Johann Philipp von Schönborn

Johann Philipp von Schönborn (6 August 1605 – 12 February 1673) was the Archbishop-Elector of Mainz (1647–1673), the Bishop of Würzburg (1642–1673), and the Bishop of Worms (1663–1673).

Johann Philipp von Schönborn
Archbishop of Mainz
Johann Philipp von Schoenborn.jpg
ChurchCatholic Church
ArchdioceseElectorate of Mainz
In office19 November 1647–12 February 1673
PredecessorAnselm Casimir Wambold von Umstadt
SuccessorLothar Friedrich von Metternich-Burscheid
Personal details
Born6 August 1605
Died12 February 1673 (aged 67)
Favorite Palace at Mainz, built 1700-1722 for Lothar Franz von Schönborn
Three generations of the House of Schönborn. Johann Philipp, second from left, front row.
Portrait of Johann Philipp von Schönborn after Anselm van Hulle


Johann Philipp was born in his family's manor house at Laubuseschbach (present-day Hesse) to Georg von Schönborn, a minor nobleman at the employ of the Lutheran counts of Wied.[1] The Schönborn family had knightly rank and was first mentioned in 1275. However, by the time Johann Philipp grew up, most branches of the family had extinguished, and in fact, he and his brother were the last sprouts of the family.

In 1621, after it had been ascertained that he possessed the minimum quarters of nobility required, he was admitted as a minor canon (domizellar) by the cathedral chapter of Wurzburg Cathedral, and in 1625 by the cathedral chapter of Mainz Cathedral as well.[2] In 1626, he received consecration in Mainz. He became a cathedral canon of Würzburg in 1629 and of Worms in 1630. He was elected prince-bishop of Wurzburg on 8 September 1642 and archbishop-elector of Mainz on 19 November 1647.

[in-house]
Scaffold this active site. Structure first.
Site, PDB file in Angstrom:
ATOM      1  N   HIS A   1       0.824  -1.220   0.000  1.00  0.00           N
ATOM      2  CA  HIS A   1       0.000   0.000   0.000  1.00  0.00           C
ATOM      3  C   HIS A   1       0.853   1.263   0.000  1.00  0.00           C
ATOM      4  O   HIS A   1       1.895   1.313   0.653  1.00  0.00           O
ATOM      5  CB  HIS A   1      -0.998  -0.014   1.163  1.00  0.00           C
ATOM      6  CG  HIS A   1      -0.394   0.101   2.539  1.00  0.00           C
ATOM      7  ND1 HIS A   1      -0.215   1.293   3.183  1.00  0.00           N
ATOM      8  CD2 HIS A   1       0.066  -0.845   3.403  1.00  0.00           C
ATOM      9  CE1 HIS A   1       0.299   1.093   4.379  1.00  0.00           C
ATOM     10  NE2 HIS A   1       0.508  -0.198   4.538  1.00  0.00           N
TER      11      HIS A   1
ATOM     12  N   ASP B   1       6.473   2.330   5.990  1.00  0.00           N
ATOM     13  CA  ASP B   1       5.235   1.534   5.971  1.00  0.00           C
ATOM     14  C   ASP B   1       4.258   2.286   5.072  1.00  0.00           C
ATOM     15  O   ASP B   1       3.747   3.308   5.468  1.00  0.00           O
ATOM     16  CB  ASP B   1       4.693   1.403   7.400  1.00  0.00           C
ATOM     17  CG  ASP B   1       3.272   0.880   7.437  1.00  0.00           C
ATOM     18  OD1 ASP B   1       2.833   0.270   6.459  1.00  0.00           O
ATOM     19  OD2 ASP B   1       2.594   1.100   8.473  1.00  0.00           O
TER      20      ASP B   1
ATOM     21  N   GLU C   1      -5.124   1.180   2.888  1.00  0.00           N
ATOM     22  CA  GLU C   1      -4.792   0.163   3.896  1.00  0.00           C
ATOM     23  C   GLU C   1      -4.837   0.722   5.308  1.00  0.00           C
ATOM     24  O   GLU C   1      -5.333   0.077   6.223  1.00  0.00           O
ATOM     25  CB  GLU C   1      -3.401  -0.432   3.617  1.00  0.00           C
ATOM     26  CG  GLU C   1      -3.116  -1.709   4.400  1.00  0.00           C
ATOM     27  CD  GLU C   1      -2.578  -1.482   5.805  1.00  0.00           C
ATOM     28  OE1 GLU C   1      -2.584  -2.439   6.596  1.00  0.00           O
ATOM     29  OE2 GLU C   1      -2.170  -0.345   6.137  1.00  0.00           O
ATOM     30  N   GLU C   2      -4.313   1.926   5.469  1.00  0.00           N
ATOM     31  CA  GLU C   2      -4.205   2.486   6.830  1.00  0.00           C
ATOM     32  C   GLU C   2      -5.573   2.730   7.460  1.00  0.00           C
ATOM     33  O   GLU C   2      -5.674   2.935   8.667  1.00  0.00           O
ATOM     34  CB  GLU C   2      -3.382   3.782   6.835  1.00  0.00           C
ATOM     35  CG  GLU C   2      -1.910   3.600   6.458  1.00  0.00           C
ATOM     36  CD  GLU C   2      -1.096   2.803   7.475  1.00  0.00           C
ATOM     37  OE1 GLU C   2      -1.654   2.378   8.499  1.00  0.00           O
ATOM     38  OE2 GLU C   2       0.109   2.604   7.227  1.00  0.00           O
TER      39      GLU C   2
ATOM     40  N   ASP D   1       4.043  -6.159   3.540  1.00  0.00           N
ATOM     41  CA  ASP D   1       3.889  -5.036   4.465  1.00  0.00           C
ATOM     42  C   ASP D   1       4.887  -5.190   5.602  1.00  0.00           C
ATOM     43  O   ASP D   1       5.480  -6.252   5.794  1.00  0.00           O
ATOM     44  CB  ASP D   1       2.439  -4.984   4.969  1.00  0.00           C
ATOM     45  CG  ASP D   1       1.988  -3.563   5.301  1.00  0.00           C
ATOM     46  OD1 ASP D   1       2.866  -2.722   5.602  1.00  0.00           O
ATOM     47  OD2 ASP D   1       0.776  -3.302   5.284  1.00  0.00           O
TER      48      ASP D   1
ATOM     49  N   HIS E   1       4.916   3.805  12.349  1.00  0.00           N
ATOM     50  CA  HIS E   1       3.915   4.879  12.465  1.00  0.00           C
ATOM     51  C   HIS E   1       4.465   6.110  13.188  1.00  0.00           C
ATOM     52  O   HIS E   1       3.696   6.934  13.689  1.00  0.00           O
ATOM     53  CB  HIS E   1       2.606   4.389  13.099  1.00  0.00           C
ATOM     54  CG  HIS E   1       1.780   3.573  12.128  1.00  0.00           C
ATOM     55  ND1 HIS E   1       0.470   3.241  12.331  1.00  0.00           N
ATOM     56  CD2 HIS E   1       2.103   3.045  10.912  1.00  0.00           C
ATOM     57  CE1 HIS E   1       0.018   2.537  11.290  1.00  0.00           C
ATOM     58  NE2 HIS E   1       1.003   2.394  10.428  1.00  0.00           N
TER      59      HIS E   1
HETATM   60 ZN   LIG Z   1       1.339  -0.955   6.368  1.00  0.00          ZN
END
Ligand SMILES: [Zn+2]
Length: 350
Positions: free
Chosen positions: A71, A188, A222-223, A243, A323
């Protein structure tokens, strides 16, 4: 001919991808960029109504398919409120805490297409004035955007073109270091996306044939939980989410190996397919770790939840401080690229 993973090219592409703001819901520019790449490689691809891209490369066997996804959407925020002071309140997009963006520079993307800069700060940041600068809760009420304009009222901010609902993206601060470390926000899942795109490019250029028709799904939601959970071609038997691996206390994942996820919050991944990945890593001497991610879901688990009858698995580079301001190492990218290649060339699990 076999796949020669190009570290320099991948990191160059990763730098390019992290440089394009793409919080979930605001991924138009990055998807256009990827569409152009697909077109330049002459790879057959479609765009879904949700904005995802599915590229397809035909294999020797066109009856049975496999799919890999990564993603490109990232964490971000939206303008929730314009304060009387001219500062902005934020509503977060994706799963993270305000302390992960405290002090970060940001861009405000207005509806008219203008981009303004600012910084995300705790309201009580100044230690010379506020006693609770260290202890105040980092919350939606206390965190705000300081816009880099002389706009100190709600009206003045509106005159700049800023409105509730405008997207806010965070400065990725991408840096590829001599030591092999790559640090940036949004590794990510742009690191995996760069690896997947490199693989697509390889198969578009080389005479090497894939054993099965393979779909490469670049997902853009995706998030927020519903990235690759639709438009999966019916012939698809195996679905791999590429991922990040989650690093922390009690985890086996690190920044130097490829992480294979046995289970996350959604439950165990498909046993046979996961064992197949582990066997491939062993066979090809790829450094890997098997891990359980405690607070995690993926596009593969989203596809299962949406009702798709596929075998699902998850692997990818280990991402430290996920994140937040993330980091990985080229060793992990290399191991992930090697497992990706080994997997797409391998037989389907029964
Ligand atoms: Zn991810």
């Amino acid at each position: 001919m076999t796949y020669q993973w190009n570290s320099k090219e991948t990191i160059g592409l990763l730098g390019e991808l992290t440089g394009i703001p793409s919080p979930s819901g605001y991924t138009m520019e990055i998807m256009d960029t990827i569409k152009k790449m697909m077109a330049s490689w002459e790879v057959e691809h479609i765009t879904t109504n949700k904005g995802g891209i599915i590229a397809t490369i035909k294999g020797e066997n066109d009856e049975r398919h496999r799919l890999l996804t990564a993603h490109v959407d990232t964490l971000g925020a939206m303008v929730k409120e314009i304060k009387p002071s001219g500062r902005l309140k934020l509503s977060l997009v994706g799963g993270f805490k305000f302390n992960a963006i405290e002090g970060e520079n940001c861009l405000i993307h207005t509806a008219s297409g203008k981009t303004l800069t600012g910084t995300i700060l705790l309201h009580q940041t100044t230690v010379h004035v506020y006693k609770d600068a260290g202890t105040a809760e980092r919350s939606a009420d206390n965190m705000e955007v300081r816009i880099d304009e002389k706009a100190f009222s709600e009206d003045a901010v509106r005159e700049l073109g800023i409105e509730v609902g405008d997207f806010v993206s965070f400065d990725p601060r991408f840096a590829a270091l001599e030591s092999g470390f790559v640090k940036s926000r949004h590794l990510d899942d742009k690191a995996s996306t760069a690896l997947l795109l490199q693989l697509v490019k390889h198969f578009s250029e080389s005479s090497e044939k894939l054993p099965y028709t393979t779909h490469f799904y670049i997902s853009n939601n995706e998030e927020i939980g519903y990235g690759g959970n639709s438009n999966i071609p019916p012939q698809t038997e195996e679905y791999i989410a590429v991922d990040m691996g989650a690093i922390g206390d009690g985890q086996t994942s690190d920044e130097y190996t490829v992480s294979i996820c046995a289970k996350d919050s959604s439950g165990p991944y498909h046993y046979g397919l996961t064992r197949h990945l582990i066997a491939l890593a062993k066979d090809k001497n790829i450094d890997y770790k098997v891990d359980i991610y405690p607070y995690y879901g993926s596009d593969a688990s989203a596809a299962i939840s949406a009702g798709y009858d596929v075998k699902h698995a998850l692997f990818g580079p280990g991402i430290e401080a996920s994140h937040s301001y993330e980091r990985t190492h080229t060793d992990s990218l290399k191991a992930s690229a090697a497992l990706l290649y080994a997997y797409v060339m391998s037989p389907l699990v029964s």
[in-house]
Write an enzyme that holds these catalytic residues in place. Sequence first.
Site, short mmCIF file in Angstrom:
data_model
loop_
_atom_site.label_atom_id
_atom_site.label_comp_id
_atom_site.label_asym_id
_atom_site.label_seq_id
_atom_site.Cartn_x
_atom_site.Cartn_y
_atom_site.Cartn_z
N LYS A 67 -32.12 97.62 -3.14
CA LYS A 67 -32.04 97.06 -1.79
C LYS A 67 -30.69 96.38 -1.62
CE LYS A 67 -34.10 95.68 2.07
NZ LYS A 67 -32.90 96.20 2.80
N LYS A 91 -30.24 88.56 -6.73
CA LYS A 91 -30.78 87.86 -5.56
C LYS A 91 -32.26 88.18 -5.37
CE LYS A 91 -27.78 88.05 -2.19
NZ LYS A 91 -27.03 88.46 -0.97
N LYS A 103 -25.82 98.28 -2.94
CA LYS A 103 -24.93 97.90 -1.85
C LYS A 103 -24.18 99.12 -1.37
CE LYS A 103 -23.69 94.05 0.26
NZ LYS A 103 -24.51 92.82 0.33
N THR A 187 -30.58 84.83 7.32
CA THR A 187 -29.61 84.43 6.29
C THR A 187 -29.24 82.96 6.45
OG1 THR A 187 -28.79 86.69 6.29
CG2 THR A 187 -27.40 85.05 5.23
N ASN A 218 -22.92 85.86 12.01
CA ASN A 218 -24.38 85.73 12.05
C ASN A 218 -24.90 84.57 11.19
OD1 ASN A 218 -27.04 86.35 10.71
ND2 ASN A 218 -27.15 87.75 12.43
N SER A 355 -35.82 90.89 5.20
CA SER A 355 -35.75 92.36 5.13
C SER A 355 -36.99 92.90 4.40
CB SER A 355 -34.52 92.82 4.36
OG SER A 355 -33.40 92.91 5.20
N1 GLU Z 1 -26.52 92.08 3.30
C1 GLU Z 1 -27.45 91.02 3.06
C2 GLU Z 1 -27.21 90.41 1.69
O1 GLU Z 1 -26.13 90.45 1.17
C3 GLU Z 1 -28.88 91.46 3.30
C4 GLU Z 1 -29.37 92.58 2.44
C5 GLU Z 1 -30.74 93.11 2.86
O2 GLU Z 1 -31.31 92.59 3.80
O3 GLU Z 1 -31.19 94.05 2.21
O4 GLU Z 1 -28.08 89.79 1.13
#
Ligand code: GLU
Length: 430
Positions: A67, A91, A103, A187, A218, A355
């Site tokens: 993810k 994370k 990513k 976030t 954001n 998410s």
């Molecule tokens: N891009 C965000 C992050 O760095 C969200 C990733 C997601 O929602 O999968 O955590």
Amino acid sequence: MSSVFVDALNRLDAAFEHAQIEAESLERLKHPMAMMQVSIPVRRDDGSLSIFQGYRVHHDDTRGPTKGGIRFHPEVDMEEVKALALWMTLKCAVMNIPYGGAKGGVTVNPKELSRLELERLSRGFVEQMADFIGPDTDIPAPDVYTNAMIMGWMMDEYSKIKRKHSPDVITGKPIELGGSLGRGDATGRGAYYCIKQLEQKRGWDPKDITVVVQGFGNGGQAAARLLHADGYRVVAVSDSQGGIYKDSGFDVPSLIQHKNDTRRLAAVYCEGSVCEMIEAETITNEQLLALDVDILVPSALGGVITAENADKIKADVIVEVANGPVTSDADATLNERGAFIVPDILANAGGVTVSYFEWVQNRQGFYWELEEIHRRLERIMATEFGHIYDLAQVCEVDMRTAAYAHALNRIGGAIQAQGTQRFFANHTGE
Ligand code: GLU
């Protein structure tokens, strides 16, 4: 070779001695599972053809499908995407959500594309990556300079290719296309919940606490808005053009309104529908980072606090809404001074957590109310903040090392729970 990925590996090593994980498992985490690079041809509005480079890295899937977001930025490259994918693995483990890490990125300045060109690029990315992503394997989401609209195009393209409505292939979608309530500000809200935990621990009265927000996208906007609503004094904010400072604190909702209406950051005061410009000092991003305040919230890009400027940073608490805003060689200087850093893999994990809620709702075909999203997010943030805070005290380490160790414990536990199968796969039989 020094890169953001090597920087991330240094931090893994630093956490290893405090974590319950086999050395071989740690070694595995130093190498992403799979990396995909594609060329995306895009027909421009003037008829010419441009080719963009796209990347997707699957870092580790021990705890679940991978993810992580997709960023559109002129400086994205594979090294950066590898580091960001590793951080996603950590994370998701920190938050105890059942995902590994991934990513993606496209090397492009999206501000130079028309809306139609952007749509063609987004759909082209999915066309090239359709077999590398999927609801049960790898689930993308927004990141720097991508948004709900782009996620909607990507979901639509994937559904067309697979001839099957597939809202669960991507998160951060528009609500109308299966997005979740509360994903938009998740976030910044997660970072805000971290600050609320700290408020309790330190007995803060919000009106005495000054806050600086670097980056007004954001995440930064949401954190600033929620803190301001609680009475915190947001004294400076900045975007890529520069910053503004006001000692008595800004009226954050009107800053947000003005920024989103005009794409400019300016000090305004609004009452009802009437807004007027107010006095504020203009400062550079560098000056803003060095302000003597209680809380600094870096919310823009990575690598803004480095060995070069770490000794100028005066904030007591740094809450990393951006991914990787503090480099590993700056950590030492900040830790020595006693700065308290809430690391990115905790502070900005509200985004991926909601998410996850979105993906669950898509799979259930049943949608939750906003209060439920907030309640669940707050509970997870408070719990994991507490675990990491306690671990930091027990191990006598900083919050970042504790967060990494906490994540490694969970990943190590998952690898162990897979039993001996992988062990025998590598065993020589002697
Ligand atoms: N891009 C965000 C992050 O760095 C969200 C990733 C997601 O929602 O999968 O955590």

His diplomatic skills made him an important mediator during the Peace of Westphalia negotiations that ended the Thirty Years' War in 1648. As a result he was elected Archbishop of Mainz in 1647, thus also ruler of the Electorate of Mainz and archchancellor of the Holy Roman empire. In 1663 he also received the prince-bishopric of Worms. He was an effective administrator of his principalities and was able to bring back economic recovery. He fortified the city of Mainz with the Fortress of Mainz and Mainz Citadel between 1655 and 1675. He also founded hospitals and high schools. His court was a center of German politics in the post-war era.

He made his brother Philip Erwein (1607-1668) a Vogt in the Electorate of Mainz where the latter acquired the castles of Gaibach in 1650, of Geisenheim in 1654 and of Heusenstamm (where he built a new castle) in 1661. The family thus shifted its focus from its regions of origin (in modern Hesse), which had become predominantly protestant, to the catholic ecclesiastical principalities of the empire, located in Franconia and on the Rhine.

He died in Würzburg in 1673 and was interred in Mainz Cathedral.


Johann Philipp was the first of six members of the Schönborn family who, in the course of more than three generations, were to rule over eight of the most prestigious ecclesiastical principalities of the Holy Roman Empire,[3] giving the name Schönbornzeit to an era (1642–1756) sometimes nostalgically remembered in the popular conscience as an era of prosperity. Today, the term Schönbornzeit denotes a particular style of Rhenish and Franconian baroque.[4] His contemporaries gave him the honorable titles of "The Wise", "The German Solomon", and "The Cato of Germany".[5]

Further readingEdit

  • Karl Georg Bockenheimer (1891), "Johann Philipp (Erzbischof und Kurfürst von Mainz)", Allgemeine Deutsche Biographie (ADB) (in German), 32, Leipzig: Duncker & Humblot, pp. 274–276


  1. ^ Franck Lafage, Les comtes Schönborn, 1642–1756, L'Harmattan, Paris, 2008, vol. 1, p. 27.
  2. ^ Only noblemen were admitted as canons at most cathedral chapters. One needed 16 nobility quarters to become a cathedral canon at Mainz. Lafage, p. 28
  3. ^ Johann Philipp (1605–1673, Würzburg, Mainz, Worms); Lothar Franz (1655–1729, Mainz, Bamberg); Johann Philipp Franz (1673–1724, Würzburg); Friedrich Karl (1674–1746, Würzburg, Bamberg); Damian Hugo (1676–1743, Spires, Constance); Franz Georg (1682–1756, Worms, Trier, Ellwangen). Lafage, p. 16.
  4. ^ Lafage, p. 14.
  5. ^ Herbermann, Charles, ed. (1913). "Schönborn" . Catholic Encyclopedia. New York: Robert Appleton Company.

Catholic Church titles
Preceded by
Franz von Hatzfeld
Prince-Bishop of Würzburg
Succeeded by
Johann Hartmann von Rosenbach
Preceded by
Anselm Casimir Wambold von Umstadt
Archbishop-Elector of Mainz
Succeeded by
Lothar Friedrich von Metternich-Burscheid
Preceded by
Hugo Eberhard Kratz von Scharfenstein
Prince-Bishop of Worms
Succeeded by
Lothar Friedrich von Metternich-Burscheid